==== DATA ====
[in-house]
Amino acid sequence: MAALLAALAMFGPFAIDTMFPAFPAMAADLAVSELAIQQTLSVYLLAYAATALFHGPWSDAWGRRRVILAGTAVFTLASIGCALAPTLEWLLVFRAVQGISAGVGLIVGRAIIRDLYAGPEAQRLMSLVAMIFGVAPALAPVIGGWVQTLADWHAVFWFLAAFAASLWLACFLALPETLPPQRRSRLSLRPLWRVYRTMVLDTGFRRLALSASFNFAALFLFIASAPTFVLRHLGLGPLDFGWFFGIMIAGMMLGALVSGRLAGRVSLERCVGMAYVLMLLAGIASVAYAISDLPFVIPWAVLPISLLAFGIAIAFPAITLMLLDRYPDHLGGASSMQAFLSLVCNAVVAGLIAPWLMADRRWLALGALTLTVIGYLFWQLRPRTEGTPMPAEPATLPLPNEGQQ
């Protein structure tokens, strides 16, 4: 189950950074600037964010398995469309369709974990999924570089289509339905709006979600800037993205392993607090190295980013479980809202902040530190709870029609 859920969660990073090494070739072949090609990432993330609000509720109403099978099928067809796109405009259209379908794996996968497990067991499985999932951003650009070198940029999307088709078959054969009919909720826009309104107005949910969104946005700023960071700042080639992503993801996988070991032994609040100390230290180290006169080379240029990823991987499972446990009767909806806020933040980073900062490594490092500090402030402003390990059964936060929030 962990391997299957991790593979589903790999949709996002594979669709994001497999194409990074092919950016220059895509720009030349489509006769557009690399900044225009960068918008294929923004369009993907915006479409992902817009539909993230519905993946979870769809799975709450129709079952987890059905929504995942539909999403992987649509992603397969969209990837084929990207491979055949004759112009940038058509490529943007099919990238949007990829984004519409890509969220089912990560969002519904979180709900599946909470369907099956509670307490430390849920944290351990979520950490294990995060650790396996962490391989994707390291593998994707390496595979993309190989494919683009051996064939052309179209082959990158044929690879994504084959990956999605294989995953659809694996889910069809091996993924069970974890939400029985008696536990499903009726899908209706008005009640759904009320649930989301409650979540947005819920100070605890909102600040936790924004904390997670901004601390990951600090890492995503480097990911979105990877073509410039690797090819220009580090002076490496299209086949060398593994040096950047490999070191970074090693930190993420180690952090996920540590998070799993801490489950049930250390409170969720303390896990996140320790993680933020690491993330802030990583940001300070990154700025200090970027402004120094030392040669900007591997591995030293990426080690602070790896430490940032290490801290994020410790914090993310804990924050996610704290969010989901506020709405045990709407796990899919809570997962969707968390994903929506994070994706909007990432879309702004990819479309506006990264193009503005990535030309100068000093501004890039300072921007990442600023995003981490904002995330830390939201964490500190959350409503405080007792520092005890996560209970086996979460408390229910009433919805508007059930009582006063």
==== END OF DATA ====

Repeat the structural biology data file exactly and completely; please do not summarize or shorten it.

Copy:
[in-house]
Amino acid sequence: MAALLAALAMFGPFAIDTMFPAFPAMAADLAVSELAIQQTLSVYLLAYAATALFHGPWSDAWGRRRVILAGTAVFTLASIGCALAPTLEWLLVFRAVQGISAGVGLIVGRAIIRDLYAGPEAQRLMSLVAMIFGVAPALAPVIGGWVQTLADWHAVFWFLAAFAASLWLACFLALPETLPPQRRSRLSLRPLWRVYRTMVLDTGFRRLALSASFNFAALFLFIASAPTFVLRHLGLGPLDFGWFFGIMIAGMMLGALVSGRLAGRVSLERCVGMAYVLMLLAGIASVAYAISDLPFVIPWAVLPISLLAFGIAIAFPAITLMLLDRYPDHLGGASSMQAFLSLVCNAVVAGLIAPWLMADRRWLALGALTLTVIGYLFWQLRPRTEGTPMPAEPATLPLPNEGQQ
């Protein structure tokens, strides 16, 4: 189950950074600037964010398995469309369709974990999924570089289509339905709006979600800037993205392993607090190295980013479980809202902040530190709870029609 859920969660990073090494070739072949090609990432993330609000509720109403099978099928067809796109405009259209379908794996996968497990067991499985999932951003650009070198940029999307088709078959054969009919909720826009309104107005949910969104946005700023960071700042080639992503993801996988070991032994609040100390230290180290006169080379240029990823991987499972446990009767909806806020933040980073900062490594490092500090402030402003390990059964936060929030 962990391997299957991790593979589903790999949709996002594979669709994001497999194409990074092919950016220059895509720009030349489509006769557009690399900044225009960068918008294929923004369009993907915006479409992902817009539909993230519905993946979870769809799975709450129709079952987890059905929504995942539909999403992987649509992603397969969209990837084929990207491979055949004759112009940038058509490529943007099919990238949007990829984004519409890509969220089912990560969002519904979180709900599946909470369907099956509670307490430390849920944290351990979520950490294990995060650790396996962490391989994707390291593998994707390496595979993309190989494919683009051996064939052309179209082959990158044929690879994504084959990956999605294989995953659809694996889910069809091996993924069970974890939400029985008696536990499903009726899908209706008005009640759904009320649930989301409650979540947005819920100070605890909102600040936790924004904390997670901004601390990951600090890492995503480097990911979105990877073509410039690797090819220009580090002076490496299209086949060398593994040096950047490999070191970074090693930190993420180690952090996920540590998070799993801490489950049930250390409170969720303390896990996140320790993680933020690491993330802030990583940001300070990154700025200090970027402004120094030392040669900007591997591995030293990426080690602070790896430490940032290490801290994020410790914090993310804990924050996610704290969010989901506020709405045990709407796990899919809570997962969707968390994903929506994070994706909007990432879309702004990819479309506006990264193009503005990535030309100068000093501004890039300072921007990442600023995003981490904002995330830390939201964490500190959350409503405080007792520092005890996560209970086996979460408390229910009433919805508007059930009582006063």